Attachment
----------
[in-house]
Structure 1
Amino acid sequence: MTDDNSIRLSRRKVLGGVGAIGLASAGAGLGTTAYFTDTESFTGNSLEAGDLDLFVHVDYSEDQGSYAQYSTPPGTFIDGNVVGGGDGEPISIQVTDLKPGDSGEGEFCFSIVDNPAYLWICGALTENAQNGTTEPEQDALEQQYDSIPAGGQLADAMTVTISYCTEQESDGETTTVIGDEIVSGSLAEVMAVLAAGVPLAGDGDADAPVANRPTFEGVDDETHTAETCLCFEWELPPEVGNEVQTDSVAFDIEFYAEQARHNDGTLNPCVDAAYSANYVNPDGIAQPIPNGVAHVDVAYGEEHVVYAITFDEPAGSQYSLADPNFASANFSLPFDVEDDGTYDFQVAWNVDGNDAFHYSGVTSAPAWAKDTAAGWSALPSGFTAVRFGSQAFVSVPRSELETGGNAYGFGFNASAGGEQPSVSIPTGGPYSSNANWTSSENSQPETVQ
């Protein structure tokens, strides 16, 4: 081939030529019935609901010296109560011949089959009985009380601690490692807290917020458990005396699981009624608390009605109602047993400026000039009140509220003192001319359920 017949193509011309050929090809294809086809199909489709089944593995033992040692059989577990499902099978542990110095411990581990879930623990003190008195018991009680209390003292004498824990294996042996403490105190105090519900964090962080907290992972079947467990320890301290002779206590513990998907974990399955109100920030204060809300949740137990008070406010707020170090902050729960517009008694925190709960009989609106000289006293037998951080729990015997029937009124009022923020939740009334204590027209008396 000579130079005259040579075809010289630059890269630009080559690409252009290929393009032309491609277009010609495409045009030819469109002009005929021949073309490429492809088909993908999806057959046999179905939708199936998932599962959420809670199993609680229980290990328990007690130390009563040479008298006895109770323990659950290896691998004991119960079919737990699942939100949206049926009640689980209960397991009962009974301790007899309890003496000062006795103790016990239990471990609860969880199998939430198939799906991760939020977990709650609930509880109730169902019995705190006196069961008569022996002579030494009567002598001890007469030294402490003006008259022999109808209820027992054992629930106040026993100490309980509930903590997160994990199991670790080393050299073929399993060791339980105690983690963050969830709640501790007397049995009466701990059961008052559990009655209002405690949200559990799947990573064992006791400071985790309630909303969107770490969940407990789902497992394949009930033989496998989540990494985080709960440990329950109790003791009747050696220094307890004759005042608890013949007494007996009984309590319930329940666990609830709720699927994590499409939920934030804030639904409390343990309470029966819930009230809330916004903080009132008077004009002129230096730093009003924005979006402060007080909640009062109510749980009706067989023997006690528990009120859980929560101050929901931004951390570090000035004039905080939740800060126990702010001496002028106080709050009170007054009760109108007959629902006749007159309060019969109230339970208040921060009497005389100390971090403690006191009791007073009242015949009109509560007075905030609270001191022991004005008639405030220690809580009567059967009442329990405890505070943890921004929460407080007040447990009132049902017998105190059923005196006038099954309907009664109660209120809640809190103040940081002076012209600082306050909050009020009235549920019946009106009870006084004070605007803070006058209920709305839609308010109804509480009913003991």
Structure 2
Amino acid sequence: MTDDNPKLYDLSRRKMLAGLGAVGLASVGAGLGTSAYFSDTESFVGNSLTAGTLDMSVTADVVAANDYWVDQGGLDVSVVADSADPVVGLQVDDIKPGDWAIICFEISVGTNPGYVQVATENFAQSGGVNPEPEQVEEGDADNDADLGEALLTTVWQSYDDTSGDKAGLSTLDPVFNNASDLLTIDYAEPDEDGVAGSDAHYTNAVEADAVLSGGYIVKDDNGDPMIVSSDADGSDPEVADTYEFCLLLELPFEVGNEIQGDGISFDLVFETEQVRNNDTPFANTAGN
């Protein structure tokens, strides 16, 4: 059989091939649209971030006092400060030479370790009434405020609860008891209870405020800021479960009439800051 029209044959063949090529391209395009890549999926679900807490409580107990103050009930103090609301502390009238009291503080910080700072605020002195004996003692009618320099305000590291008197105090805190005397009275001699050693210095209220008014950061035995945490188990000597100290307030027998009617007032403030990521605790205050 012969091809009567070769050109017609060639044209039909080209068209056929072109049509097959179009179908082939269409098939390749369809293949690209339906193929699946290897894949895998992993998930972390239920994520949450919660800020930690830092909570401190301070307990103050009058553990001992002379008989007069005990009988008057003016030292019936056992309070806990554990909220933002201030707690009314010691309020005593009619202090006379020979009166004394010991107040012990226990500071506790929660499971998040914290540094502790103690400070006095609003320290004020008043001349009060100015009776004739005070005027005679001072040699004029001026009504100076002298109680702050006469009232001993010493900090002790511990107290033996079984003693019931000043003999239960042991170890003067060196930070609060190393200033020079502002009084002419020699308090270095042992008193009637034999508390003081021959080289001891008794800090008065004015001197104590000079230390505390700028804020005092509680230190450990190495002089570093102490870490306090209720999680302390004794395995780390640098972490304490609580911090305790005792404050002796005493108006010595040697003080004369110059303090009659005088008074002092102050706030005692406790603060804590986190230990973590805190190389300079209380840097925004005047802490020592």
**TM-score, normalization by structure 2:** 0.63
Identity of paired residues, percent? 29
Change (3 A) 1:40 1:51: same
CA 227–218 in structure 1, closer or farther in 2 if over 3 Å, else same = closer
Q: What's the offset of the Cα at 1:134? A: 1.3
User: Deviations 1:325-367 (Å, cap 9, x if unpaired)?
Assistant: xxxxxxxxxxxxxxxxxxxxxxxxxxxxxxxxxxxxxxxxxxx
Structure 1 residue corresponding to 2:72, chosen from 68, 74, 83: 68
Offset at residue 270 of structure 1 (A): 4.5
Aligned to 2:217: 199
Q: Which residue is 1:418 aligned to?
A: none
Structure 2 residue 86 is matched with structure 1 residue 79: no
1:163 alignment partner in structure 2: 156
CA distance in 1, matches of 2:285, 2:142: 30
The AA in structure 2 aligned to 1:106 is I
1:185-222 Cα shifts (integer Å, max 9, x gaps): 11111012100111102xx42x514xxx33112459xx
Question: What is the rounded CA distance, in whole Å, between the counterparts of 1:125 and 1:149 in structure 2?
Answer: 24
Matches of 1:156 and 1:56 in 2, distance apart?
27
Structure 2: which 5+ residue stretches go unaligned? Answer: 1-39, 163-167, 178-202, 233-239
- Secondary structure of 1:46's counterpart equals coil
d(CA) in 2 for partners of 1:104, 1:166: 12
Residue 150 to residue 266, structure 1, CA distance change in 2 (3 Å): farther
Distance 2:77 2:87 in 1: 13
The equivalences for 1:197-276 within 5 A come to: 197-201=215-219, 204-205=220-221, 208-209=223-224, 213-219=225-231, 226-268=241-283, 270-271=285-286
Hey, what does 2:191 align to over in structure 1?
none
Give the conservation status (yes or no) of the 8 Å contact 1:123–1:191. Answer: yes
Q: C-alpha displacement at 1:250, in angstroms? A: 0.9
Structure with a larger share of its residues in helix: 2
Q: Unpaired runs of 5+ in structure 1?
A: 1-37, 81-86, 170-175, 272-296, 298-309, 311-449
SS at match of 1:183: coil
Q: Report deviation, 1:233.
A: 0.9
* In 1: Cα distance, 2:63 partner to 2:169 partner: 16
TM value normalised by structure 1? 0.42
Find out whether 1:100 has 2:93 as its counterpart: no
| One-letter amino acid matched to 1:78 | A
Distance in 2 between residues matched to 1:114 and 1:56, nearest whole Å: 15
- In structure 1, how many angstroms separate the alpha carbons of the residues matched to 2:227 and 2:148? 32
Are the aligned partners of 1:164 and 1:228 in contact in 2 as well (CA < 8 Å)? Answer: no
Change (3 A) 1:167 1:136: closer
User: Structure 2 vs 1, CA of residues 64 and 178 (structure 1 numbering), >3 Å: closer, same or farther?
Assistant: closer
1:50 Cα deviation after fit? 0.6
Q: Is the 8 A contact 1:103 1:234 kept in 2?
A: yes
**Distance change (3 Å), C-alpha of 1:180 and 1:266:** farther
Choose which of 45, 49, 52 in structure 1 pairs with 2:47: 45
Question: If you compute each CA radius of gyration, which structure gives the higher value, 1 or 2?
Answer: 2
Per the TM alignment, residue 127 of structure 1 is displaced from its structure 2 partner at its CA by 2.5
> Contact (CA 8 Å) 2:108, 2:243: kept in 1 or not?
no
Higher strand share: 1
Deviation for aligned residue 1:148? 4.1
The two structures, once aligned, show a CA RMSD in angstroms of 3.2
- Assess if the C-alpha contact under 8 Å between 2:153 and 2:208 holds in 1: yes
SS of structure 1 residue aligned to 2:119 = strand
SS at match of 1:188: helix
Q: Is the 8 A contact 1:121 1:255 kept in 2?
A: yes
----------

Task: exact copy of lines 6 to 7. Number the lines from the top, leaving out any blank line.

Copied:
Amino acid sequence: MTDDNPKLYDLSRRKMLAGLGAVGLASVGAGLGTSAYFSDTESFVGNSLTAGTLDMSVTADVVAANDYWVDQGGLDVSVVADSADPVVGLQVDDIKPGDWAIICFEISVGTNPGYVQVATENFAQSGGVNPEPEQVEEGDADNDADLGEALLTTVWQSYDDTSGDKAGLSTLDPVFNNASDLLTIDYAEPDEDGVAGSDAHYTNAVEADAVLSGGYIVKDDNGDPMIVSSDADGSDPEVADTYEFCLLLELPFEVGNEIQGDGISFDLVFETEQVRNNDTPFANTAGN
């Protein structure tokens, strides 16, 4: 059989091939649209971030006092400060030479370790009434405020609860008891209870405020800021479960009439800051 029209044959063949090529391209395009890549999926679900807490409580107990103050009930103090609301502390009238009291503080910080700072605020002195004996003692009618320099305000590291008197105090805190005397009275001699050693210095209220008014950061035995945490188990000597100290307030027998009617007032403030990521605790205050 012969091809009567070769050109017609060639044209039909080209068209056929072109049509097959179009179908082939269409098939390749369809293949690209339906193929699946290897894949895998992993998930972390239920994520949450919660800020930690830092909570401190301070307990103050009058553990001992002379008989007069005990009988008057003016030292019936056992309070806990554990909220933002201030707690009314010691309020005593009619202090006379020979009166004394010991107040012990226990500071506790929660499971998040914290540094502790103690400070006095609003320290004020008043001349009060100015009776004739005070005027005679001072040699004029001026009504100076002298109680702050006469009232001993010493900090002790511990107290033996079984003693019931000043003999239960042991170890003067060196930070609060190393200033020079502002009084002419020699308090270095042992008193009637034999508390003081021959080289001891008794800090008065004015001197104590000079230390505390700028804020005092509680230190450990190495002089570093102490870490306090209720999680302390004794395995780390640098972490304490609580911090305790005792404050002796005493108006010595040697003080004369110059303090009659005088008074002092102050706030005692406790603060804590986190230990973590805190190389300079209380840097925004005047802490020592």